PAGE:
BMC Neurology

, 6:38

Perception of stroke and knowledge of potential risk factors among Omani patients at increased risk for stroke

Authors

    • Department of Family Medicine and Public HealthCollege of Medicine and Health Sciences, Sultan Qaboos University
  • Shyam S Ganguly
    • Department of Family Medicine and Public HealthCollege of Medicine and Health Sciences, Sultan Qaboos University
  • Abdullah R Al Asmi
    • Department of Medicine, Neurology UnitSultan Qaboos University Hospital

DOI: 10.1186/1471-2377-6-38

Abstract

Background

Previous studies have demonstrated poor knowledge of stroke among patients with established risk factors. This study aims to assess the baseline knowledge, among patients with increased risk for stroke in Oman, of warning symptoms of stroke, impending risk factors, treatment, and sources of information.

Methods

In April 2005, trained family practice residents at Sultan Qaboos University Hospital Clinics (cardiology, neurology, diabetic, and lipid clinics), using a standardised, structured, pre-tested questionnaire, conducted a survey of 400 Omani patients. These patients all demonstrated potential risk factors for stroke.

Results

Only 35% of the subjects stated that the brain is the organ affected by a stroke, 68% correctly identified at least one symptom/sign of a stroke, and 43% correctly identified at least one stroke risk factor. The majority (62%) did not believe they were at increased risk for stroke, and 98% had not been advised by their attending physician that their clinical conditions were risk factors for stroke. In the multivariable logistic regression analysis, lower age and higher levels of education were associated with better knowledge regarding the organ involved in stroke, stroke symptoms, and risk factors.

Conclusion

Because their knowledge about stroke risk factors was poor, the subjects in this study were largely unaware of their increased risk for stroke. Intensive health education is needed to improve awareness of stroke, especially among the most vulnerable groups.

Background

Stroke continues to be a leading cause of death and a major cause of long-term disability in adults worldwide. Previous studies have shown a poor level of knowledge of stroke among patients with established risk factors for stroke and in the community at large. Pancioli et al. [1], in a population-based survey, found that 57% of respondents identified at least 1 out of 5 known warning signs of stroke, and 68% correctly listed at least 1 risk factor. They also reported their study population mentioning various risk factors for stroke but being largely unaware of their own increased risk.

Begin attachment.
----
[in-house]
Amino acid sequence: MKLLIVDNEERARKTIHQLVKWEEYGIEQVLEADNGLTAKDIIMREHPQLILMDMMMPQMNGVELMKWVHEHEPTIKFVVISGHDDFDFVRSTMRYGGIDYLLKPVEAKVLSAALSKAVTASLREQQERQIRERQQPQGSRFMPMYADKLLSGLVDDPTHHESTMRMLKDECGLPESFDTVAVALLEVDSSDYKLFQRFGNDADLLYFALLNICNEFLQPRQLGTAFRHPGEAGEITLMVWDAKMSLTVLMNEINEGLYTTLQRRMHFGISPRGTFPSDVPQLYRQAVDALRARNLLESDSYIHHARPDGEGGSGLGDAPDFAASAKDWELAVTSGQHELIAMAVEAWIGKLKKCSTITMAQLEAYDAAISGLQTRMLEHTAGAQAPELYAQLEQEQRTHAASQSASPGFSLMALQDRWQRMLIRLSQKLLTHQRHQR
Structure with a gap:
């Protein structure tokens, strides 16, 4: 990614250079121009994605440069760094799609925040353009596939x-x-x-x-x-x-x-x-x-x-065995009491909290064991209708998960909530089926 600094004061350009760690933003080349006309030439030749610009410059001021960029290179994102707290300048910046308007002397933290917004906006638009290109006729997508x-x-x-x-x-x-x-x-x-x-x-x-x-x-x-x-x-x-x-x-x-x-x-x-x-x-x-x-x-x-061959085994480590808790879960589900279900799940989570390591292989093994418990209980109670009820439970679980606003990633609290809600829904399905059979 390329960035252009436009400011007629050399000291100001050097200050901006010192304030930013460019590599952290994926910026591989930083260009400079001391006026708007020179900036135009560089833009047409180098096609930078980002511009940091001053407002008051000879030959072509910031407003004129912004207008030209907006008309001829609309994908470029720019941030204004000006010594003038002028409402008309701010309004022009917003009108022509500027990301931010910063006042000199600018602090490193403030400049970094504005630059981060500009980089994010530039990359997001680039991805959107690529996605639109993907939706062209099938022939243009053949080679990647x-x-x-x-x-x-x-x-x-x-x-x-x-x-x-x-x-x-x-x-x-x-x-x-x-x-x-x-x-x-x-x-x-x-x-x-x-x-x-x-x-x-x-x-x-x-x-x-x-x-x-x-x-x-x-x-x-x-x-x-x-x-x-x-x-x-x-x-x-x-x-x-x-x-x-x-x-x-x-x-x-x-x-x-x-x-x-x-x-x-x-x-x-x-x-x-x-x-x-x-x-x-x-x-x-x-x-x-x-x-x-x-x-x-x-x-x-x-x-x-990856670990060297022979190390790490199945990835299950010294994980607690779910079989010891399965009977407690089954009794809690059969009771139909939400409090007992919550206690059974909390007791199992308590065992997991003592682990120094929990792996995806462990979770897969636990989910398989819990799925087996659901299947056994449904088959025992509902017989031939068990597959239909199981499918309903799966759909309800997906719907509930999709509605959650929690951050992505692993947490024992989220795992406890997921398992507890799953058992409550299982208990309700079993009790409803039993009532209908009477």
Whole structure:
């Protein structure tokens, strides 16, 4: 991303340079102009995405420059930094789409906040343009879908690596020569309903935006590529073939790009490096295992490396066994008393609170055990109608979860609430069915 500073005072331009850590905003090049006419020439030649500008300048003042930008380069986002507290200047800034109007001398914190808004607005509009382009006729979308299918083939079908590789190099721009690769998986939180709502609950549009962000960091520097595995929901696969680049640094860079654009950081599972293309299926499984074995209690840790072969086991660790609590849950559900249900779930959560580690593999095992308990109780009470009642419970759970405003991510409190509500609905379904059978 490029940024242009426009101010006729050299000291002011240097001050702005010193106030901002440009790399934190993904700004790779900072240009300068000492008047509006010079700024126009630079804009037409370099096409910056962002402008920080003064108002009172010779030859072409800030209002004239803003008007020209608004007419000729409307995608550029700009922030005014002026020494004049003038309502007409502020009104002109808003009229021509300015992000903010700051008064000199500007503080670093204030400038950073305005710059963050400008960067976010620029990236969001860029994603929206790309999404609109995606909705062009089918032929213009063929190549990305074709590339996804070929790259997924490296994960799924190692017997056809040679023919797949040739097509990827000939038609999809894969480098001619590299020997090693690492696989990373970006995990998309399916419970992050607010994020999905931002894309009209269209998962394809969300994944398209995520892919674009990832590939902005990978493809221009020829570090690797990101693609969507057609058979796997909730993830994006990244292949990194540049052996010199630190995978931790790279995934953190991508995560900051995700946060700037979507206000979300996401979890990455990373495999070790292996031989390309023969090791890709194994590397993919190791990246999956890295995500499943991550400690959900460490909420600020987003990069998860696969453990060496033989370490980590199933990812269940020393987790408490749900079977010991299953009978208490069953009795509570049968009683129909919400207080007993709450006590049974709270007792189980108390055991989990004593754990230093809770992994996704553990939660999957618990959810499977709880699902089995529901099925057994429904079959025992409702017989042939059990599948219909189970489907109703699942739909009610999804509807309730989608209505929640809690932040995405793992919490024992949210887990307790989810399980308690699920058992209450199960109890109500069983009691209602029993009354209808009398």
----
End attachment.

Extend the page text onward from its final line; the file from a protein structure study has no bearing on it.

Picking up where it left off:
Carroll et al. [2] reported that patients with hypertension and those with history of smoking were significantly more likely to identify these as risk factors for stroke. Surprisingly, none of the patients with current stroke, and only one-third of the at-risk group who had suffered a previous stroke or transient ischaemic attack (TIA), recognised this as being a risk factor for further stroke.

Most patients and many caregivers did not recognise the onset of stroke and their knowledge of risk factors was poor [3]. Stroke knowledge was poorest among groups that had the highest risk of stroke [1, 4, 5].

Increasing the speed of presentation to hospital after the onset of stroke depends on the level of knowledge of stroke [6]. As a result, patients with stroke may fail to gain the benefits of acute treatments such as acute thrombolysis, because of the narrow therapeutic window [7]. Moreover, knowledge about the risk factors for stroke can help to prevent stroke in the first place [1]. Knowledge of stroke and awareness of its associated risk factors may improve adherence to medical advice regarding lifestyle modification. Systematic reviews have shown that one-time advice from healthcare workers during routine patient interactions can have an appreciable impact on patient behaviour [8, 9]. However, persons at risk often tend to misunderstand their own risk, underestimating their probability for stroke and assuming that adverse events will not happen to them [10]. Samsa et al. [11] reported that about one-fourth of patients in their study who recalled being informed of their increased stroke risk by a physician nevertheless did not perceive themselves to be at increased risk for stroke.

The abovementioned studies point to the need for intensive public education about stroke, particularly in at-risk populations.

Oman, as a developing county, is undergoing several transitions. Lifestyles are changing rapidly, including changing dietary patterns (i.e., increasingly high-fat, high-salt and calorie-dense diets) and decreased physical activity. Non-communicable diseases have emerged as the dominant form of ill health in the country. This includes increasing prevalence of important risk factors for stroke (diabetes, hypertension and cardiovascular diseases).

To our knowledge there are no studies from Oman or other developing countries regarding knowledge of stroke among patients with established risk factors for stroke. The present study aims to assess baseline knowledge of warning symptoms of stroke, impending risk factors, treatment, availability of sources of information and the perceived risk of stroke among Omani patients with increased risk for stroke.

Methods

Sample and Setting

A random sample of 624 Omani patients who attended medical clinics (cardiology, neurology, diabetic, and lipid) at Sultan Qaboos University Hospital, a tertiary level referral hospital which receives patients from different parts of Oman, was selected from the appointment lists for the month of April 2005. We identified eligible subjects on the basis of diagnoses that placed them at increased risk for stroke. Any patient with one or more established risk factors for stroke (diabetes, hypertension, heart disease, dyslipidaemia, atrial fibrillation, smoking, previous stroke, transient ischaemic attack and carotid stenosis) was eligible to participate in the study.